A while back I was complaining (me, complaining?) about the weather and the lousy fall we've had this year.
Well, it's still fall, although just the tail end of it. Most of the leaves are gone, and the rest have turned a sort of brownish-rust. But that seemingly endless string of rainy days has finally ended.
I try to walk every day, usually at an oceanside park near my house. Even during the three-week run of rain and gloom, I walked there regularly, except for the days when it was actively pouring. I'd see a few other stalwart souls and their dogs--the Labs rather happy, the smallish dogs in a snit at having to be out in such nasty weather. We'd often exchange comments about the weather, the weather, the weather (myself and the dog owners, that is).
Even the ordinarily lovely park appeared monochrome. The usual kites were nowhere to be seen. The gray sky matched its twin, the gray sea, and everything else looked muted and featureless. It wouldn't have been so bad if it had just been a gray and rainy day here and there, but this spell lasted so long that I think we nearly forgot what things would look like were the sun to shine again.
The day the sun came out, I noticed the colors first of all. The landscape didn't even look familiar. Same walk, same scene--but now, the brilliant blue sky was reflected in the sharply blue ocean with its white waves standing out in contrast, almost glowing in the late-afternoon light. The slanted sun made the grass, still green, look nearly phosphorescent.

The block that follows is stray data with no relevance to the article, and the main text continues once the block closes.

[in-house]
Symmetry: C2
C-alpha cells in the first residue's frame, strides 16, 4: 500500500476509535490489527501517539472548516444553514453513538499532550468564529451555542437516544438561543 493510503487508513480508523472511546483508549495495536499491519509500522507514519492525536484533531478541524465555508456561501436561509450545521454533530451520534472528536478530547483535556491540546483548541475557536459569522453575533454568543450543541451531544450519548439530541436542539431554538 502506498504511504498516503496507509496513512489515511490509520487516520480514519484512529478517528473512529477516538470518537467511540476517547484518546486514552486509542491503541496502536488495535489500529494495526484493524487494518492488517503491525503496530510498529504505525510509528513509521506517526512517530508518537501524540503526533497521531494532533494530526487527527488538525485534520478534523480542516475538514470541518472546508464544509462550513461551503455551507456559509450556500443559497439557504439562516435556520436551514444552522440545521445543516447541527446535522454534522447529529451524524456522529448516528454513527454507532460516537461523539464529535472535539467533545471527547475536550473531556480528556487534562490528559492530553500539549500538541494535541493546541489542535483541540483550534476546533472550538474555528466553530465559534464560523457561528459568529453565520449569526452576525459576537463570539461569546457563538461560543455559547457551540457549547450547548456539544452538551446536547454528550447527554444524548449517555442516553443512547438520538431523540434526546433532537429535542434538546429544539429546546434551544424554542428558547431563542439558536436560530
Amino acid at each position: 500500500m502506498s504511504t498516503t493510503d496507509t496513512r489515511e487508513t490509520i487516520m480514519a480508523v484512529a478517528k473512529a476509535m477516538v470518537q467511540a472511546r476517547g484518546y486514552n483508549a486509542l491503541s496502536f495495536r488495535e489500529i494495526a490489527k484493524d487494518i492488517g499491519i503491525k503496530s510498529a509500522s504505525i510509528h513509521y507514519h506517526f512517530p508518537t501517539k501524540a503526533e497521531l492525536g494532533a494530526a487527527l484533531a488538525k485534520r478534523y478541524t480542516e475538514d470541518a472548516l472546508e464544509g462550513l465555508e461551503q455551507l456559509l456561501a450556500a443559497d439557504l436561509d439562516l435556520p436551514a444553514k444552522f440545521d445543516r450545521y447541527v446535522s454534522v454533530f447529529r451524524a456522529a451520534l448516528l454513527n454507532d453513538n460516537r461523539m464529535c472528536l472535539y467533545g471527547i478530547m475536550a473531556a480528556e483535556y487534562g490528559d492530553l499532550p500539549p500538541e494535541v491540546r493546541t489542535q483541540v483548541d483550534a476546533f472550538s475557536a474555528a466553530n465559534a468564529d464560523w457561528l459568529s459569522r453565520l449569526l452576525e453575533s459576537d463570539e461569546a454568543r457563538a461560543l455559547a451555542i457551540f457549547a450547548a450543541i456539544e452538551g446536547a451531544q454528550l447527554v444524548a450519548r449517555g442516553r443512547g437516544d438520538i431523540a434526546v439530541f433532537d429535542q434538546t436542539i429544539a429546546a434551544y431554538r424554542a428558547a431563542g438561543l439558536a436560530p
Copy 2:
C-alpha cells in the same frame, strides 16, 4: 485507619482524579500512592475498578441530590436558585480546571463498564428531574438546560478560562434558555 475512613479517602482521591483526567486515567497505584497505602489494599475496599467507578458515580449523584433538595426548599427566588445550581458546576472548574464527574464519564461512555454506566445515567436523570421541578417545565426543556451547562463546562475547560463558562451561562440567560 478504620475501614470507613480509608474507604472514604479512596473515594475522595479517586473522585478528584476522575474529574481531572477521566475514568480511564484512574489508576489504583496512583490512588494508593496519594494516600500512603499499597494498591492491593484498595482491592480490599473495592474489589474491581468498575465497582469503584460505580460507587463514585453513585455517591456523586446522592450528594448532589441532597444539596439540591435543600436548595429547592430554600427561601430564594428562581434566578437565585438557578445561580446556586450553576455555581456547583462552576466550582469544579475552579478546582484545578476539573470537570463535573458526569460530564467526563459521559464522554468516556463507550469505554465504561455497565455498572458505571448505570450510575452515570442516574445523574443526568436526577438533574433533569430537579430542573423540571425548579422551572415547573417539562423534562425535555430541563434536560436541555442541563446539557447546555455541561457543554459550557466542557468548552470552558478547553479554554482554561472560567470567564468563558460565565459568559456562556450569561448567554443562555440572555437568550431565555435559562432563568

It's still that way, fortunately--so we get a little bit of fall, after all. The whole thing is a lesson in the transforming power of the sun.
Out of curiosity, I just did a Google search for poems about the sun, and this one by John Donne came up. I'd never read it before, and it's really not all that apropos to this post, since it's more about love than it is about the sun. But I still think it very fine, so here it is:
THE SUN RISING
Busy old fool, unruly Sun,
Why dost thou thus,
Through windows, and through curtains, call on us?
Must to thy motions lovers' seasons run?
Saucy pedantic wretch, go chide
Late schoolboys, and sour prentices,
Go tell court-huntsmen that the king will ride,
Call country ants to harvest offices,
Love, all alike, no season knows, nor clime,
Nor hours, days, months, which are the rags of time.
Thy beams, so reverend and strong
Why shouldst thou think?
I could eclipse and cloud them with a wink,
But that I would not lose her sight so long:
If her eyes have not blinded thine,
Look, and tomorrow late, tell me
Whether both th' Indias of spice and mine
Be where thou leftst them, or lie here with me.
Ask for those kings whom thou saw'st yesterday,
And thou shalt hear: "All here in one bed lay."
She is all states, and all princes I,
Nothing else is.
Princes do but play us; compar'd to this,
All honour's mimic, all wealth alchemy.
Thou, sun, art half as happy 's we,
In that the world's contracted thus;
Thine age asks ease, and since thy duties be
To warm the world, that's done in warming us.
Shine here to us, and thou art everywhere;
This bed thy centre is, these walls, thy sphere.